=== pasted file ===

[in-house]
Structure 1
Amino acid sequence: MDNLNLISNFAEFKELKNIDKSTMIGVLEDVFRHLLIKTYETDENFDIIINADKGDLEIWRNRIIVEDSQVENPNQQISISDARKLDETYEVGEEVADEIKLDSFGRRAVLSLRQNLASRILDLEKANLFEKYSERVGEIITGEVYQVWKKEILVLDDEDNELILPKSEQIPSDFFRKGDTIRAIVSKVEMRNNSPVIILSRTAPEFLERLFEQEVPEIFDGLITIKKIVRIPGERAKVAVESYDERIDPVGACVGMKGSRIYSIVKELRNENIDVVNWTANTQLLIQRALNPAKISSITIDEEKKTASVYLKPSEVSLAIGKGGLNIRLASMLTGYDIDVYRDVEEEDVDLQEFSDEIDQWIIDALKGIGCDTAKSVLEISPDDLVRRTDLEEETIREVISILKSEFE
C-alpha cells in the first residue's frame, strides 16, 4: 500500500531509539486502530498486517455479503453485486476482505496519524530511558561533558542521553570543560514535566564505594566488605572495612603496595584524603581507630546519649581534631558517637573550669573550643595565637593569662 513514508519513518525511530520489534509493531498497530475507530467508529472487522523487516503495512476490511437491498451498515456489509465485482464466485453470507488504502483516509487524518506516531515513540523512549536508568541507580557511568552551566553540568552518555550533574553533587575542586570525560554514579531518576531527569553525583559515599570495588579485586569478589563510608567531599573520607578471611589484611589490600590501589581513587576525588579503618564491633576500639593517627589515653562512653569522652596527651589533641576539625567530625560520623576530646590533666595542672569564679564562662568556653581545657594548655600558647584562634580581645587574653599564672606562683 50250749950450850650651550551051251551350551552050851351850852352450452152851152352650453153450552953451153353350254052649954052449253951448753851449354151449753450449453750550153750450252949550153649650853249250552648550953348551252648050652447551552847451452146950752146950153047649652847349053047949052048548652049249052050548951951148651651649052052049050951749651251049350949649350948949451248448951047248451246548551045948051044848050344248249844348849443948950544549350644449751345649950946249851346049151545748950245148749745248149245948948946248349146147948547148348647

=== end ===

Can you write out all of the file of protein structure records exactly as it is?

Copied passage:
[in-house]
Structure 1
Amino acid sequence: MDNLNLISNFAEFKELKNIDKSTMIGVLEDVFRHLLIKTYETDENFDIIINADKGDLEIWRNRIIVEDSQVENPNQQISISDARKLDETYEVGEEVADEIKLDSFGRRAVLSLRQNLASRILDLEKANLFEKYSERVGEIITGEVYQVWKKEILVLDDEDNELILPKSEQIPSDFFRKGDTIRAIVSKVEMRNNSPVIILSRTAPEFLERLFEQEVPEIFDGLITIKKIVRIPGERAKVAVESYDERIDPVGACVGMKGSRIYSIVKELRNENIDVVNWTANTQLLIQRALNPAKISSITIDEEKKTASVYLKPSEVSLAIGKGGLNIRLASMLTGYDIDVYRDVEEEDVDLQEFSDEIDQWIIDALKGIGCDTAKSVLEISPDDLVRRTDLEEETIREVISILKSEFE
C-alpha cells in the first residue's frame, strides 16, 4: 500500500531509539486502530498486517455479503453485486476482505496519524530511558561533558542521553570543560514535566564505594566488605572495612603496595584524603581507630546519649581534631558517637573550669573550643595565637593569662 513514508519513518525511530520489534509493531498497530475507530467508529472487522523487516503495512476490511437491498451498515456489509465485482464466485453470507488504502483516509487524518506516531515513540523512549536508568541507580557511568552551566553540568552518555550533574553533587575542586570525560554514579531518576531527569553525583559515599570495588579485586569478589563510608567531599573520607578471611589484611589490600590501589581513587576525588579503618564491633576500639593517627589515653562512653569522652596527651589533641576539625567530625560520623576530646590533666595542672569564679564562662568556653581545657594548655600558647584562634580581645587574653599564672606562683 50250749950450850650651550551051251551350551552050851351850852352450452152851152352650453153450552953451153353350254052649954052449253951448753851449354151449753450449453750550153750450252949550153649650853249250552648550953348551252648050652447551552847451452146950752146950153047649652847349053047949052048548652049249052050548951951148651651649052052049050951749651251049350949649350948949451248448951047248451246548551045948051044848050344248249844348849443948950544549350644449751345649950946249851346049151545748950245148749745248149245948948946248349146147948547148348647